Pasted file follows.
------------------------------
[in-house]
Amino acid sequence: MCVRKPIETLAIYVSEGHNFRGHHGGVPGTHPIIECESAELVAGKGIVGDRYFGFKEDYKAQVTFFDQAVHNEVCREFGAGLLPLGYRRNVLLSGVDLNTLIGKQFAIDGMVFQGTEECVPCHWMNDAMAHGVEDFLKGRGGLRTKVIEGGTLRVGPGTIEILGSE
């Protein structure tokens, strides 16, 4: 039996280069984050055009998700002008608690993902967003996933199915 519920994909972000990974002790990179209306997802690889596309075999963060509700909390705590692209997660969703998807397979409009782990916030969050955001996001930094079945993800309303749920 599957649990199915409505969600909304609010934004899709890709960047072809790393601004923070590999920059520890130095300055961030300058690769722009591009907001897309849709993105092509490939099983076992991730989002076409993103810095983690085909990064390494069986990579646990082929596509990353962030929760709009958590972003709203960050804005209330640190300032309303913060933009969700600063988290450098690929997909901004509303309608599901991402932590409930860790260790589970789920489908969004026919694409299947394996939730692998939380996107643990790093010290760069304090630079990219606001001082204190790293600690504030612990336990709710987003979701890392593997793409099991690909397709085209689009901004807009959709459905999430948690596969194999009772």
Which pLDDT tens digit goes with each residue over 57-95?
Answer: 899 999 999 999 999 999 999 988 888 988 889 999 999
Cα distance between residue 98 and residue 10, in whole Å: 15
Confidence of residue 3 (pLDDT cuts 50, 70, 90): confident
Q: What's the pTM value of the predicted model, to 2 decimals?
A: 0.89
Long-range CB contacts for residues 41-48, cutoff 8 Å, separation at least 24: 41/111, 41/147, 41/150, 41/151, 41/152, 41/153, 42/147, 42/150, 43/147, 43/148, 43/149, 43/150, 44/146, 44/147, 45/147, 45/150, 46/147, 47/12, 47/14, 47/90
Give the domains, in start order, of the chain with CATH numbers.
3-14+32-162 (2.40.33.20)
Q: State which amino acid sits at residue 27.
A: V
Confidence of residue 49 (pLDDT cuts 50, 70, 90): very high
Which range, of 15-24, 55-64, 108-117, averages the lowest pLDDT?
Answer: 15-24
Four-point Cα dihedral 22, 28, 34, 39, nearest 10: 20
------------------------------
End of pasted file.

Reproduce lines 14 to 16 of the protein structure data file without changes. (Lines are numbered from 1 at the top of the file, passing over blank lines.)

A: V
Confidence of residue 49 (pLDDT cuts 50, 70, 90): very high
Which range, of 15-24, 55-64, 108-117, averages the lowest pLDDT?